Cost. Performance. Efficiency. All terms that are thrown around by those looking to perfect their metal manufacturing process. Yet we could give you so many case studies of companies stuck in the past with a wasteful, overwrought process.
Enter powder metal. Below are three cases where powder metallurgy’s flexibility and creativity turned a product around:
Ways to Turn a Metal Manufacturing Process Around With Powder Metal
1. Buying Lots of Metal & Machining It? Bad Idea
An industrial cooling solutions company purchased blocks of material and machined it all down. Everything the company used was machined parts, which is very expensive. Why? Waste.
Starting off with a slab of raw metal and removing what you don’t need through machine operations is one way to reach the final shape you want. But it’s certainly not the most efficient way.
Specific to this example, you can imagine trying to make a gear for a fan with a hole through the center. How are you going to efficiently remove all of that material to get that final shape? By shaving 60% of the material. That 60% cannot be reused.
Using powder metal instead lets you form a net shape as you wish, with minimal material waste.
The cooling company’s inefficiency spread to lead times, too. Paring that material down is simply a longer process than using powder metal. And if you’re doing these secondary processes on separate machines, you’ll consistently have workflow issues. With powder metallurgy, you just put the “batter” right in and bake your creation.
2. A Single-Part Solution to a Complex Problem
Brazing a stainless steel component onto a stainless tube may have looked odd, but it provided a unique solution.
An auto company’s goal was to create a system that could help a vehicle meet strict California emission requirements from the time the engine started until the catalytic converter kicked in. The existing technology was such that the vehicle’s emissions would exceed California’s limits during those first few minutes.
How did Horizon even go about making that? You could certainly weld it, but …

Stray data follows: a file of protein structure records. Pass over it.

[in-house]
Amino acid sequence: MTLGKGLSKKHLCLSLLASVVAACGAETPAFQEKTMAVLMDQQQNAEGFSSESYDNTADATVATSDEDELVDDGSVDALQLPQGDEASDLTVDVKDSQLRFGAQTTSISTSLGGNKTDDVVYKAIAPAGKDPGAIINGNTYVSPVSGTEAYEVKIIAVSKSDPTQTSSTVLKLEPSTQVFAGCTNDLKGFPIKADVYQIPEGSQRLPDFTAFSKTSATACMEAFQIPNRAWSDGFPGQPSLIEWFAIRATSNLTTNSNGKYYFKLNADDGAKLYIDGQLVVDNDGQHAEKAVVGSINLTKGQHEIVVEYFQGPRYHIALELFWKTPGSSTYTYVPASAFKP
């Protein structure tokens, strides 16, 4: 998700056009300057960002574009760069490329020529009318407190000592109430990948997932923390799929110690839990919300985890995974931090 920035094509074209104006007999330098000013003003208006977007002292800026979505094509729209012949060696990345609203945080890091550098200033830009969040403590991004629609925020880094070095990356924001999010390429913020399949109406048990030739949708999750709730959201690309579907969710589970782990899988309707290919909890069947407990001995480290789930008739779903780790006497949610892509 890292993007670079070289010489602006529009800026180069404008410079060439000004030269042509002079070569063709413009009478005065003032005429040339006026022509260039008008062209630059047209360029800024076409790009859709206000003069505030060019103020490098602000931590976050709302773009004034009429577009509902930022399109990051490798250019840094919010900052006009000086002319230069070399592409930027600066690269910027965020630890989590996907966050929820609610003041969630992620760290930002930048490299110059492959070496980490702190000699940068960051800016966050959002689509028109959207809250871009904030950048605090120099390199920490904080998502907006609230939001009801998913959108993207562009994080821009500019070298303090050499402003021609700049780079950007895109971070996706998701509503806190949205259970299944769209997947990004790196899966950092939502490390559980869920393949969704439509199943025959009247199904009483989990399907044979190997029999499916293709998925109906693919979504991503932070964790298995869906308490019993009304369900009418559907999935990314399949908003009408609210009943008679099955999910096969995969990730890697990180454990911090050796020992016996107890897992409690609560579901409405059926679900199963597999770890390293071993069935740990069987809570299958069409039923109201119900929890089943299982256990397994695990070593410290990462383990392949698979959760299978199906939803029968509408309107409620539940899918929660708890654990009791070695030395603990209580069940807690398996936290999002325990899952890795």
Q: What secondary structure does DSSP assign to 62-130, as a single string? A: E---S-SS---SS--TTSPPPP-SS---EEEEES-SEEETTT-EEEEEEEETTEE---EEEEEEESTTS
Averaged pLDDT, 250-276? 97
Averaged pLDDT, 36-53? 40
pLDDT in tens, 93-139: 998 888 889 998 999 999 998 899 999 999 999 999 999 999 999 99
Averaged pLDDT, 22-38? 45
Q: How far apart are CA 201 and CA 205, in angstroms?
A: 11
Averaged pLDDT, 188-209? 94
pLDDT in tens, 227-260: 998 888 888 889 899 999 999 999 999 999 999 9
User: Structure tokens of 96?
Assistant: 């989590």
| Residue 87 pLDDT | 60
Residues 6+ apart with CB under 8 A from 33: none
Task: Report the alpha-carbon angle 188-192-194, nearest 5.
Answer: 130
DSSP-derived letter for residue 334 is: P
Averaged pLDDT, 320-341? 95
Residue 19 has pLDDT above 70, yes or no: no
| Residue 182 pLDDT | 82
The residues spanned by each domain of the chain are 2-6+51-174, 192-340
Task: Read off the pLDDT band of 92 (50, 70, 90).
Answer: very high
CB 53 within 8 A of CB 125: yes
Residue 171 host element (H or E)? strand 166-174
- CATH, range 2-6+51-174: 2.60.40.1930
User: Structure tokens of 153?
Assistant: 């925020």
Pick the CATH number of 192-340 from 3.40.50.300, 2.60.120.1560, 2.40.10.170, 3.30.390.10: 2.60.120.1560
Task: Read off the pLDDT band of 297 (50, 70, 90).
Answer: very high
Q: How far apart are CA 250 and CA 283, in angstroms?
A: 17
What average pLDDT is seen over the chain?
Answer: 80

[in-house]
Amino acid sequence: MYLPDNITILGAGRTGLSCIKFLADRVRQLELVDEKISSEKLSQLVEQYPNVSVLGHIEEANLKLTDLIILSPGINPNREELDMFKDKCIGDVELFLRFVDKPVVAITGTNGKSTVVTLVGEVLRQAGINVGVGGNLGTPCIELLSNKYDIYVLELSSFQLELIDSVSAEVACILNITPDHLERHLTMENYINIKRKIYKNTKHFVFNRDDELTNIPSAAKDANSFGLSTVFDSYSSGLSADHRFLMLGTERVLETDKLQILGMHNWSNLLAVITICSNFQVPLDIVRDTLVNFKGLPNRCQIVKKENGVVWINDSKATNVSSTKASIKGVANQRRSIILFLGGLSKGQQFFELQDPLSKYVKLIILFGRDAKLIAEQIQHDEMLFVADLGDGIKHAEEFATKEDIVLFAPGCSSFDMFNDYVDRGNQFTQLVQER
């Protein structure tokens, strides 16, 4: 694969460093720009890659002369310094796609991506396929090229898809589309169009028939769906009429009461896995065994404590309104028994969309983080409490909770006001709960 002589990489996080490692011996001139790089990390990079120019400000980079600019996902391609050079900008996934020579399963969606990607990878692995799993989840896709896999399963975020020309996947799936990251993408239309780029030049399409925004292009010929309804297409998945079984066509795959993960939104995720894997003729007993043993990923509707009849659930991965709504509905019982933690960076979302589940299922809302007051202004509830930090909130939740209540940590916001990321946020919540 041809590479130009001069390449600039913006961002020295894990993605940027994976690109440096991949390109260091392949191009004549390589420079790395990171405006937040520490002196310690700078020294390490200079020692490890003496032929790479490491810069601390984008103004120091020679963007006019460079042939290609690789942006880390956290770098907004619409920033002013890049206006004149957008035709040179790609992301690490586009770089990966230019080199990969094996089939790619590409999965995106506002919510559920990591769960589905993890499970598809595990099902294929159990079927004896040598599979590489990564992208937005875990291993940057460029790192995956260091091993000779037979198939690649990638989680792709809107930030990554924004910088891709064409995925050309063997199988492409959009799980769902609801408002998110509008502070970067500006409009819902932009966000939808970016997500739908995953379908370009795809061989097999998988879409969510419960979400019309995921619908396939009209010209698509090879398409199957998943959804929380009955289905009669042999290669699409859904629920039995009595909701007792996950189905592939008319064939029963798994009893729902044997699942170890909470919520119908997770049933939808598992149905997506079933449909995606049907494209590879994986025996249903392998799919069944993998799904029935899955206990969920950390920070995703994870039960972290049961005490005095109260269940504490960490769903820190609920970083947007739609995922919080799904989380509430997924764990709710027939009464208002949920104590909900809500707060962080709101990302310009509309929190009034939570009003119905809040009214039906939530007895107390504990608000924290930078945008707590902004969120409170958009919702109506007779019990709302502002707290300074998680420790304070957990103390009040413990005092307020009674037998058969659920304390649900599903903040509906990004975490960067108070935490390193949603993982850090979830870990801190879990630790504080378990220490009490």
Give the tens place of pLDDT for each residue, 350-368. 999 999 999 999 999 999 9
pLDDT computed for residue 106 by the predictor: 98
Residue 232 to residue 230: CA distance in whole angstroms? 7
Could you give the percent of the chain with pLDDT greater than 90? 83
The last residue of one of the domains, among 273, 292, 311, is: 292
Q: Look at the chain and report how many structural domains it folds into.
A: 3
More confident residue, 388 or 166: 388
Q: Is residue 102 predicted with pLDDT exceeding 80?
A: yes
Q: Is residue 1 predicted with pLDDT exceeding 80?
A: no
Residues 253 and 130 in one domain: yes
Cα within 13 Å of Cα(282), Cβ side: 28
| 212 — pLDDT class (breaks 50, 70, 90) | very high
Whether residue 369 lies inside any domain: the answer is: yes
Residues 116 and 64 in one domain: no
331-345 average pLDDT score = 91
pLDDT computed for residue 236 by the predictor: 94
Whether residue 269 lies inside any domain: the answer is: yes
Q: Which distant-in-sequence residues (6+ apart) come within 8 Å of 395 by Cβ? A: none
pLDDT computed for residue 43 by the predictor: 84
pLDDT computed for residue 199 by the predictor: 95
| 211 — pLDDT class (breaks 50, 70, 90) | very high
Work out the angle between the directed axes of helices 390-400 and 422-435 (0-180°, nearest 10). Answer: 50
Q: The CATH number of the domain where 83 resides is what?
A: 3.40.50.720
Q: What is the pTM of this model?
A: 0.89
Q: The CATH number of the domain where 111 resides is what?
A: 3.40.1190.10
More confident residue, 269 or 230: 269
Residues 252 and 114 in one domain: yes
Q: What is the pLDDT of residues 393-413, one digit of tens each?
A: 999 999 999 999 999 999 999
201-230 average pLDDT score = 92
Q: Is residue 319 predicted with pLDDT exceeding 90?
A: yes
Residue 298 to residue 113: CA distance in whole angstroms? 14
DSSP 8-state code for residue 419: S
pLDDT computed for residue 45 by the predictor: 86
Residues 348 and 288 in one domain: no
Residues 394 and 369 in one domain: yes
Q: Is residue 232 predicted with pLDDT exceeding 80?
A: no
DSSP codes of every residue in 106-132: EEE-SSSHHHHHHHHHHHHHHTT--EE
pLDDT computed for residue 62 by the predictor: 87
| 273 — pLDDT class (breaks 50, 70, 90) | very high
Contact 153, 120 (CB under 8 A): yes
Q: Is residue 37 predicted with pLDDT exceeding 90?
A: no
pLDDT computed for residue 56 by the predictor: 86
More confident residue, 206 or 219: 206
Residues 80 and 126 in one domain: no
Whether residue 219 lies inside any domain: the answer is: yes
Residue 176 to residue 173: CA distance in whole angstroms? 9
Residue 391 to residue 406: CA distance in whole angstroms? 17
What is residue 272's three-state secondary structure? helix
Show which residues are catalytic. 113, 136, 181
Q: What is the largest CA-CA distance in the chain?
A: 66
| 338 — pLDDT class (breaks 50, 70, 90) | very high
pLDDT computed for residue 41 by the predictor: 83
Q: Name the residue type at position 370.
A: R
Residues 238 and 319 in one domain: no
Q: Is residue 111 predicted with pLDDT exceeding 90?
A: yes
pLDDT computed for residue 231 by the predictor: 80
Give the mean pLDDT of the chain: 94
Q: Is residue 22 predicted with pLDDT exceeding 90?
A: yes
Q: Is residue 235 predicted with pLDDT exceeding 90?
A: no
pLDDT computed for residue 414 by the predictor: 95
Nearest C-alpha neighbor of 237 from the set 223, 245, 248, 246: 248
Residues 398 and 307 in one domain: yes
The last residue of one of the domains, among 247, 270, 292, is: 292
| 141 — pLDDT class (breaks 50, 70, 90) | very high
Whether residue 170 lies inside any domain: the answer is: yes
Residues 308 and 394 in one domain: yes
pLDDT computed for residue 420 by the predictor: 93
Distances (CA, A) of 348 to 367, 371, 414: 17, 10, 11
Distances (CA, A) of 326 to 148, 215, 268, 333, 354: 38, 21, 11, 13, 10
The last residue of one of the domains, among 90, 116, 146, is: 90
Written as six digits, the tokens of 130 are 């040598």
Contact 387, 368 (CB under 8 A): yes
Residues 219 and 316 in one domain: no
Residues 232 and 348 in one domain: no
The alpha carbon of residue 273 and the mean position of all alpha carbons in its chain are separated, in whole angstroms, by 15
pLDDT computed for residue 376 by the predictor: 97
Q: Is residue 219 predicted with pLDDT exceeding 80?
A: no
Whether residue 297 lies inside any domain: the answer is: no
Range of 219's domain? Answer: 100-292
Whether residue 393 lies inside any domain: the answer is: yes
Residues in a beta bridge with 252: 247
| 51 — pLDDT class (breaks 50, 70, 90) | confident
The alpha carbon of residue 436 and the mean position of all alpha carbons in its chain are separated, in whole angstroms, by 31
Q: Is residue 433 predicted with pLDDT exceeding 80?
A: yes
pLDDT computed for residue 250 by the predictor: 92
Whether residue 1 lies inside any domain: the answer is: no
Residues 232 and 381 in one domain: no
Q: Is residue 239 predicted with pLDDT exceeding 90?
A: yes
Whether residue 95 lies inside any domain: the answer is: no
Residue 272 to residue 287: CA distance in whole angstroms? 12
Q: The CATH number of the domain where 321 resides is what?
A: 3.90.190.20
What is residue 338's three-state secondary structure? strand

It started out as a simple, little flange part that ultimately needed to be connected to a stainless steel tube. Horizon’s initial role in the project was simply to discuss the flange. But instead, a powder metal innovation was born.
The vehicles had a compressor that would pump air into the exhaust valve as a way to dilute the pollution coming out of the exhaust pipe. We were able to provide a solution to make the flange part of the tube, and supply that all as one part rather than a convoluted assembly.
The result was a bizarre-looking part that no one else would even dream of doing. But it worked -- and allowed the automaker to meet state regulations for years.
The solution simplified the buyer’s supply chain, significantly reducing cost. This case study also illustrates the flexibility of powder metal not only as a standalone solution, but also as a combination material.
3. An All-in-1 Operation
A household name in tools needed a gear for a concrete hammer drill.
The component wasn’t practical at first, but choosing powder metal made all the difference.
The OEM originally scheduled this part as a two-piece assembly -- but with powder metal you could design it as a single piece. The 20-degree helical gear and the ratchet gear could be made all at once through advances in unique materials and processing methods.
This component is representative of the innovations powder metal can offer.
Is Your Product Reaching Its Potential?
Using powder metal to do things differently and think outside the box can drastically change your …
- Supply chain
… for the better. If you have a current or in-development product you think could be optimized with powder metallurgy (vs. laminations in particular), have your design team brush up on the basics of powder metallurgy or feel free to get in touch with us.